PIKESVILLE, Md. (WJZ) — Maryland State Police are working to get parents more aware of their childrens’ internet usage to keep them safe online.
Safer Internet Day is on Tuesday, and their efforts for this year’s global rally come as state police see a dramatic spike in online activities from the youth, including sexually explicit content from underage children in the form of sexting, nudes or child pornography, officials said.READ MORE: COVID-19 In Maryland: 932 New Cases Reported, 11 More Deaths
State police urge parents to have a conversation with their children about any content they may create or come across that is sexual. They say this is especially important during the global pandemic as it has minors glued to the screen for leisure and education.
Here are some tips officers offered:
- Place computers in common areas in the household, as this will make it easier to keep an eye on what they are looking at.
- Educate yourself on digital devices. This could mean getting better acquainted with smartphones, tablets, laptops and desktop computers. Possibly even with your child’s smartwatch if they have one.
- Be sure to set reasonable screen time limits with your child.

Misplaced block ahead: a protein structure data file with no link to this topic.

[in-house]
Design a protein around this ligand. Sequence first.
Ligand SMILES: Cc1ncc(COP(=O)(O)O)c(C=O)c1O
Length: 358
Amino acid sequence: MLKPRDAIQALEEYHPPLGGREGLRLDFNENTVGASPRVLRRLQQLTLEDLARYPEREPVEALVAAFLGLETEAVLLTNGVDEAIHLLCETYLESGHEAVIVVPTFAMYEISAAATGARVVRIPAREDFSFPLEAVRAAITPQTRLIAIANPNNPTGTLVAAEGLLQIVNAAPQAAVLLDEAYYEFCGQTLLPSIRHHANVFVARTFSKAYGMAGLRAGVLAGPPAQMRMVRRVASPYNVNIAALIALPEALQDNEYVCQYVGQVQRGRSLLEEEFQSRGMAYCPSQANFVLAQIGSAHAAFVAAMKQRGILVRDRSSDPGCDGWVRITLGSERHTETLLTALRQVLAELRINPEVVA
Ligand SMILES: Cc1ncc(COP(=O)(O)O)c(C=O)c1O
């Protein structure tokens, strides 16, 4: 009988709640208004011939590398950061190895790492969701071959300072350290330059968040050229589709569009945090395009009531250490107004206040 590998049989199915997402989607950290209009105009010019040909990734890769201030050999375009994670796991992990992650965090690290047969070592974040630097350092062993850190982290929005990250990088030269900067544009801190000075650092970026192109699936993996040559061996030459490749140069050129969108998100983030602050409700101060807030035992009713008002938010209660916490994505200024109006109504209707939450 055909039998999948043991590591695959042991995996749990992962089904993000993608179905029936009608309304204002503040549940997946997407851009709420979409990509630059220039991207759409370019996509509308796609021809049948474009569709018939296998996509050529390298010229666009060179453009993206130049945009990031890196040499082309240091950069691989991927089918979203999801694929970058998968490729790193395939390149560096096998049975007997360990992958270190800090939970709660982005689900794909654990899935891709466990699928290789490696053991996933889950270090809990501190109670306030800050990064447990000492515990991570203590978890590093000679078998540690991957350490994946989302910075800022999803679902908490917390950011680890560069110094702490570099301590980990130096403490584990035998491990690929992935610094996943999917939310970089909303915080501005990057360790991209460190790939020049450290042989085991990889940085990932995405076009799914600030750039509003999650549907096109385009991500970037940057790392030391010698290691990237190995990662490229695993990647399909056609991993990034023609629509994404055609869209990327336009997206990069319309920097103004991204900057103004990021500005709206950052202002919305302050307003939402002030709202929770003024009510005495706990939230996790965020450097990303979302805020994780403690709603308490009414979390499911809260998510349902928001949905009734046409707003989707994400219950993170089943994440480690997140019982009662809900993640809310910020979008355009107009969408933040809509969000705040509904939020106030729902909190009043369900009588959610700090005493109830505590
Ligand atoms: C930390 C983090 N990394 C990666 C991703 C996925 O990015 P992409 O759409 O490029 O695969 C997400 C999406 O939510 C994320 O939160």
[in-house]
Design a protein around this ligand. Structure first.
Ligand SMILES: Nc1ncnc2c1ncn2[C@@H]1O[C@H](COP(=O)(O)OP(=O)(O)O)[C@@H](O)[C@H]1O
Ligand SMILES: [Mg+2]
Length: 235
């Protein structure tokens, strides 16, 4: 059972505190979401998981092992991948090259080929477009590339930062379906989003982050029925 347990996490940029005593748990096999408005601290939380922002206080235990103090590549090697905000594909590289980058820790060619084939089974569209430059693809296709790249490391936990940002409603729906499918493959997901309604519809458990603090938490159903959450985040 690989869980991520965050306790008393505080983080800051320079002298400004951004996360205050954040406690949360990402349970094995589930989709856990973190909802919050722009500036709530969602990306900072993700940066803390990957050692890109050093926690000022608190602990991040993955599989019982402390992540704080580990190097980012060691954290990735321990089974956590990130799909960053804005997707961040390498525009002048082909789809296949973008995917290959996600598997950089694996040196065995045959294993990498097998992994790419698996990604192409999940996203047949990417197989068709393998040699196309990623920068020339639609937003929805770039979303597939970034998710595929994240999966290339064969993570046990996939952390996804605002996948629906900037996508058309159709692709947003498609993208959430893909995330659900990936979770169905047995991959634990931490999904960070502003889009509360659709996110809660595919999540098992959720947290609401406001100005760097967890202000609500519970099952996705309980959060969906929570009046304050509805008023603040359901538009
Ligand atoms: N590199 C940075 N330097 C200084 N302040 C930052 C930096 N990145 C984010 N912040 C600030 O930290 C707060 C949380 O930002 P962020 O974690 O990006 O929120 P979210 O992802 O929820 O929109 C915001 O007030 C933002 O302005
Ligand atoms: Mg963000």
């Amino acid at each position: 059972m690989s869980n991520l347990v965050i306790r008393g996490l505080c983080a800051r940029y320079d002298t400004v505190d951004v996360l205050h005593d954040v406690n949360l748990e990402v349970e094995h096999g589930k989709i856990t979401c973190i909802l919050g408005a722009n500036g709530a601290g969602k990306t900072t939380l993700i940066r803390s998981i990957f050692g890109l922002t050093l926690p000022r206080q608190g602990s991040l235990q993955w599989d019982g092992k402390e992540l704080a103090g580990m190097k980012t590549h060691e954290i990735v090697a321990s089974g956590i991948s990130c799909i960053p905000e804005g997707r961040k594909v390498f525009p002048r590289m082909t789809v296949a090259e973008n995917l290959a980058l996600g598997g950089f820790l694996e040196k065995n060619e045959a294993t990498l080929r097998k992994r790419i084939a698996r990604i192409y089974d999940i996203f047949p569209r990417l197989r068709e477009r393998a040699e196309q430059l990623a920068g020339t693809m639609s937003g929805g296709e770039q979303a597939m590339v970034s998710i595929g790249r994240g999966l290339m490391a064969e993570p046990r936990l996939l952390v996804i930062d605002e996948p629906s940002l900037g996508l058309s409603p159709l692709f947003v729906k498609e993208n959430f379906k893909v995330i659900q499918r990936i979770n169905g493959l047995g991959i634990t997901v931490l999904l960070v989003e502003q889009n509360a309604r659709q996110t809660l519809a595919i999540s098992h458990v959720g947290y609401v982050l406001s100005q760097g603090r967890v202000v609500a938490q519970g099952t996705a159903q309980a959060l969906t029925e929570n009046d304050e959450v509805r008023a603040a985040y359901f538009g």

- Reinforce the “no talking to strangers” rule, to minimize any danger to your child from online predators.
- Do not let your child give any personal information online.
- Put any accounts in your name and learn passwords your child uses, also keeping track of all devices being used. And keep track of your child’s history logs on those devices.
One in five children have been sexually solicited online. About 40% of students in 4th to 8th grade have reported talking to strangers online. 60% of teens have received messages from strangers with half of them having replied, statistics from a Maryland State Police release said.READ MORE: 'An Incredible Therapy' | Hagerstown Doctor Says Monoclonal Antibody Treatment Provides Fast Recoveries For Some COVID Patients
The statistics from police also say about 18% of teenagers have even considered in-person meetings with strangers who they have met online. Nearly half of teens admit to going out of their way to hide their online behaviors from their parents. The average age of porn exposure is 11 years old.
Police urge parents to stay vigilant of their children’s online habits. If a child is being exploited, parents should file a complaint with the National Center for Missing and Exploited Children. The Maryland State Police works closely with the center in investigations involving exploited children.
If a child is in any imminent danger parents are urged to call 911 immediately.
Senior Citizens are also vulnerable to online criminals. State police remind them to not share any sensitive information anywhere from forums to emails that look suspicious. Also, to never send any money to any one online and make sure to verify the identity of anyone they talk to online.MORE NEWS: Rockville Police Officer, Maryland National Guardsman Daniel Morozewicz Arrested On Child Porn Charge